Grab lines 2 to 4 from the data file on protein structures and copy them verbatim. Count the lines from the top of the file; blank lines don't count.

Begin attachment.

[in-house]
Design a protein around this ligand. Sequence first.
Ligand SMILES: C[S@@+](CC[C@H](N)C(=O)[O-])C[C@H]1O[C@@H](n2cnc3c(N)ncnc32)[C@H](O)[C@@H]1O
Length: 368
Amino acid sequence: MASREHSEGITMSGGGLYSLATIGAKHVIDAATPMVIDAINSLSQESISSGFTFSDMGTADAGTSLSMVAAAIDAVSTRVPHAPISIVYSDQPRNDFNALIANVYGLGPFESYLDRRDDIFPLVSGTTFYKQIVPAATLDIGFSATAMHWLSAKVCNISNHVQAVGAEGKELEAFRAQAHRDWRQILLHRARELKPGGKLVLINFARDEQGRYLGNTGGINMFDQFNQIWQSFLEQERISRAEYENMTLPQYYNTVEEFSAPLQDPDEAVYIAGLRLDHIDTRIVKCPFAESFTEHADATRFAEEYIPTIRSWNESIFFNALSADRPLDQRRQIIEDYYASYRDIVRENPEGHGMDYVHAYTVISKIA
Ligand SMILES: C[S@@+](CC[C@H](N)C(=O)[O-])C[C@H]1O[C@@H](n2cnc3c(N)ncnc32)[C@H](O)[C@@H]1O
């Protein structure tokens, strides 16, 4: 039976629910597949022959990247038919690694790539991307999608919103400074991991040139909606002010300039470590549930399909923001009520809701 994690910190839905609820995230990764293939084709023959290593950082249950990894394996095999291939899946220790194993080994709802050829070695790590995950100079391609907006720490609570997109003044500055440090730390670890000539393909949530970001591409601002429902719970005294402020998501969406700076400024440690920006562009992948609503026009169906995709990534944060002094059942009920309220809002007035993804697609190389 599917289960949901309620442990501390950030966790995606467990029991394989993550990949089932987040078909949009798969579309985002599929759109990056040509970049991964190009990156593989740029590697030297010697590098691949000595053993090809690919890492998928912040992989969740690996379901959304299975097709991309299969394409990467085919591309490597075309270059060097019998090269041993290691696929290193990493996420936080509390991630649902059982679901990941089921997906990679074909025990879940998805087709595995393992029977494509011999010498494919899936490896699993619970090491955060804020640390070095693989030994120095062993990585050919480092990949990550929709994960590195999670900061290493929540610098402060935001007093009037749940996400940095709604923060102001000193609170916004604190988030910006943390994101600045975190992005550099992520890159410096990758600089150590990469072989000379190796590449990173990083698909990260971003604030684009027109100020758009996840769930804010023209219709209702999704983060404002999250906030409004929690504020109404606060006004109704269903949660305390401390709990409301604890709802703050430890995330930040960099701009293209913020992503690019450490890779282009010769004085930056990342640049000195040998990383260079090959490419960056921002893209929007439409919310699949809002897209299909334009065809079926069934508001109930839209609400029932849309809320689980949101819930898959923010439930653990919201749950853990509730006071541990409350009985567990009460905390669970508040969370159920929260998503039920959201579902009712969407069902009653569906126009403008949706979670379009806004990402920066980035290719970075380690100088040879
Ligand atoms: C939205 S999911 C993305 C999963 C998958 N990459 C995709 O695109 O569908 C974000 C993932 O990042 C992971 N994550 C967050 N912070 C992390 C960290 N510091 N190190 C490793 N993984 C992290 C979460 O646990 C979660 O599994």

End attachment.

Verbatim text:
Design a protein around this ligand. Sequence first.
Ligand SMILES: C[S@@+](CC[C@H](N)C(=O)[O-])C[C@H]1O[C@@H](n2cnc3c(N)ncnc32)[C@H](O)[C@@H]1O
Length: 368